Beware The Lifestyle Creep

Beware The Lifestyle Creep

Morning folks,

I once knew a guy who was a top executive at a very successful communications company. Obviously, I never knew how much he was making, but I think it would be reasonable to assume it was a hefty 6-figure salary, as well as other benefits. He had a beautiful house in the most desirable part of the city, a luxury car, and was always dressed in expensive suits.

Then, out of nowhere, there was a shakeup within the company and he found himself unemployed for the first time in decades. Within 18 months, he was broke.

How could this happen to someone making so much money for such an extended period of time?

Let’s look at a more extreme example.

Terrell Owens is regarded as one of the greatest American football players of the last 30 years. In 2004, he was paid $10 million just as a signing bonus to join the Philadelphia Eagles. Over the course of his career, he earned approximately $80 million. Yet, just one year after retirement, he too was broke. This appears to be a big problem within the NFL, with almost half of professional players running into financial difficulty by the time they are fifty.

Lifestyle creep, also known as lifestyle inflation, is a phenomenon that occurs when, as an individual spends more resources on their standard of living, previous luxuries become seen as necessities. Typically this occurs when someone gets a big promotion causing a boost in income. However, it can also occur when there are decreased costs of living, for example, when a mortgage is paid off. Anything that causes discretionary income to increase, can lead people to begin to spend frivolously — perhaps buying a second home or joining an exclusive sports club.

More insidious, perhaps, is that former one-off treats, like going to an expensive restaurant, or even buying a daily cup of coffee, become logged in the individual’s brain as a right, rather than a choice. This is particularly common as young adults migrate from their days of student living to the professional world, where they can go from having very little disposable income to having an abundance of it. It doesn’t help that others in their social group will also be experiencing the same improvements, leading them to compare their lifestyle to others. It is also around this time that they will get wider access to credit, which can compound the issue.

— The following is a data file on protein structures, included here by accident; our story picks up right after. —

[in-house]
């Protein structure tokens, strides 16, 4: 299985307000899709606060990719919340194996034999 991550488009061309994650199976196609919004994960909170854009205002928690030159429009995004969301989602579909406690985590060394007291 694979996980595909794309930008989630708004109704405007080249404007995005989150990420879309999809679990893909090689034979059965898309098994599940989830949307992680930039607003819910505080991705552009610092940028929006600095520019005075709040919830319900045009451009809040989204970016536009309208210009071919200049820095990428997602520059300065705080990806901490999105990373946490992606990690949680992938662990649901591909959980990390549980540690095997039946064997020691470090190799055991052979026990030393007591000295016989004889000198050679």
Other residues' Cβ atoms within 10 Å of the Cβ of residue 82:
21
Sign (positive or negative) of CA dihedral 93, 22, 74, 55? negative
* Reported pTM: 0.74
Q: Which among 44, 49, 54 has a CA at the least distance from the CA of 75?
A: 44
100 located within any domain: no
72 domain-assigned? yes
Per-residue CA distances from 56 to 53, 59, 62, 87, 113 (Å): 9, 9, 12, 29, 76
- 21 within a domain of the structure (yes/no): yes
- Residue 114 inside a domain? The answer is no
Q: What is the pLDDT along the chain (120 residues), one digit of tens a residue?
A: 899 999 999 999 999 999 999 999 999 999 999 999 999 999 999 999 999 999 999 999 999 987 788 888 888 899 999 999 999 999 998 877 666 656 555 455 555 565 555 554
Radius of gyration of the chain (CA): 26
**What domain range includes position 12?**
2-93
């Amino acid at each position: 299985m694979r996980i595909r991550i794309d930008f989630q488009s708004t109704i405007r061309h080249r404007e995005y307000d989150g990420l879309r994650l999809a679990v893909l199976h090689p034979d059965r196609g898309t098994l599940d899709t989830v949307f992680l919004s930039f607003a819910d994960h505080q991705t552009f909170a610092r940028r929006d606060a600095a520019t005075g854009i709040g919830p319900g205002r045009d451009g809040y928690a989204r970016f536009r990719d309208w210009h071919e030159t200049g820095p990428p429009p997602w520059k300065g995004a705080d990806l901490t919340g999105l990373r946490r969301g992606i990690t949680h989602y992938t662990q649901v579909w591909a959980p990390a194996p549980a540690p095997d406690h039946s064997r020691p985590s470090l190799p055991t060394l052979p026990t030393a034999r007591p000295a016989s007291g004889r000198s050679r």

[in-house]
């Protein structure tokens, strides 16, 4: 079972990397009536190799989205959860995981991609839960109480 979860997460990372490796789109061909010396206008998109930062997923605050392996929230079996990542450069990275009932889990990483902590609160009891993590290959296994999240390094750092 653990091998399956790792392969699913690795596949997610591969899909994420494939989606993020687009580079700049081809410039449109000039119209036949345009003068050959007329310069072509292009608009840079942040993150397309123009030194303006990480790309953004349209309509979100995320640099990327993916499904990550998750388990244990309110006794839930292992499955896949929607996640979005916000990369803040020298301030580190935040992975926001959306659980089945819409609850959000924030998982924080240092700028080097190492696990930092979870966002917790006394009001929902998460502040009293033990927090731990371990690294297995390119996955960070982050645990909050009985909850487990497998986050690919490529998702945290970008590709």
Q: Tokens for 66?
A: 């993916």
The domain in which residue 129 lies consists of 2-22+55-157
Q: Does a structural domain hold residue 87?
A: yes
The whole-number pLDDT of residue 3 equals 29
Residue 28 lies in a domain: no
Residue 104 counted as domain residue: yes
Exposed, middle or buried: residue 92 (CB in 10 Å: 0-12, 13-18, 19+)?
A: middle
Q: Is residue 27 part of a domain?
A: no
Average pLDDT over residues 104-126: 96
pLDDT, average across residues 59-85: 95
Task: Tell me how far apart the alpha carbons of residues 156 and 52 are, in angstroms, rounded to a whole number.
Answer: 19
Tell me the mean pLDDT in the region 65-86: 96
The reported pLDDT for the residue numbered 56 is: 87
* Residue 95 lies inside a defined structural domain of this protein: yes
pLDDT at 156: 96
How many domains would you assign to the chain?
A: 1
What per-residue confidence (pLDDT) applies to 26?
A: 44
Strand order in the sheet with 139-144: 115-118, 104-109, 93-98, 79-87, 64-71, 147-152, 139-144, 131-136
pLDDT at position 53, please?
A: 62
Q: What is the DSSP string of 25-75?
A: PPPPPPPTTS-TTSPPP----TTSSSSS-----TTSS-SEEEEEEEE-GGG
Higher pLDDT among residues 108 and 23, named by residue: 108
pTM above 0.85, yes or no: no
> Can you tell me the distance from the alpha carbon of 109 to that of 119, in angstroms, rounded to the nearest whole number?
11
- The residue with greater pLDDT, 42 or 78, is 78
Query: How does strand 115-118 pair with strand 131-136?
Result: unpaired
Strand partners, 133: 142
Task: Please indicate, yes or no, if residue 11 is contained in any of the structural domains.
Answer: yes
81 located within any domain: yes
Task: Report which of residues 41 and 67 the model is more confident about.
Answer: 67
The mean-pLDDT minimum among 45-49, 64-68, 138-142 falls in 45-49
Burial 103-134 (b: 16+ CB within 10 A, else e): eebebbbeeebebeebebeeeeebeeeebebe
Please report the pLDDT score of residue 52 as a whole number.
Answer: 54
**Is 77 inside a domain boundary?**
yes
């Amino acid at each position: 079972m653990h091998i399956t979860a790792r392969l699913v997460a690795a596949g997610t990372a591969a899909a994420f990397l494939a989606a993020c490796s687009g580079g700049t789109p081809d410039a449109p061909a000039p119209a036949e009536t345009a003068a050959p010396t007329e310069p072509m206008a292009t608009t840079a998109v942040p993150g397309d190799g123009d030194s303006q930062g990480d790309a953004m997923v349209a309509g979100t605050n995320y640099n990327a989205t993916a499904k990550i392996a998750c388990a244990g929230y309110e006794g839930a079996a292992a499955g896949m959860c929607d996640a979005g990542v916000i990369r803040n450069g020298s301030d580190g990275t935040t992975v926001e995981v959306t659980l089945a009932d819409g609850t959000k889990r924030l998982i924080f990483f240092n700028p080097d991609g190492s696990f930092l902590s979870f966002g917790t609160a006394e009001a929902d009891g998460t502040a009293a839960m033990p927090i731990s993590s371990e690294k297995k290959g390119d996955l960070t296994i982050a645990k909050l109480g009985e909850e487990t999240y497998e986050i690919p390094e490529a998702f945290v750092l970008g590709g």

It doesn’t happen all at one time. It’s gradual, leading many people to not notice until they become laden with debt or spending well outside their own means.

The negative impact of lifestyle creep can be most obviously witnessed when there is a sharp decrease or loss of income, which is why it’s seen so commonly in professional athletes, who go from making millions a year to nothing when they get too old. This is exactly what had happened with the executive I knew. He was living outside his means, even with his extravagant salary. His financial situation was dependent on that salary being consistently maintained, or even increasing. When it went to zero, he suddenly realised that his cost of living had become outlandish, and the money he thought would see him through a comfortable retirement, disappeared rapidly.

How can this be avoided?

It all comes down to discipline in your saving and investing. A good rule of thumb is to be saving at least 10% of your take-home pay. However, to prevent lifestyle creep, experts suggest that as your income increases, you should try to save 75% of every extra dollar, until you’re saving closer to 20% of your take-home pay.

This can be difficult. It’s hard not to get excited about a big pay raise and want to celebrate with some long-desired luxury purchases. One good tip is to always “pay yourself first”. This means setting up a direct deposit to put money into your savings as soon as you are paid each month. This is the total opposite of what most people do — saving what they have leftover at the end of each month. That way, in order to overspend, you actually have to take action and remove money from your savings account, rather than simply not take any action. It’s a small but important psychological nudge that could see you greatly improve your financial future.


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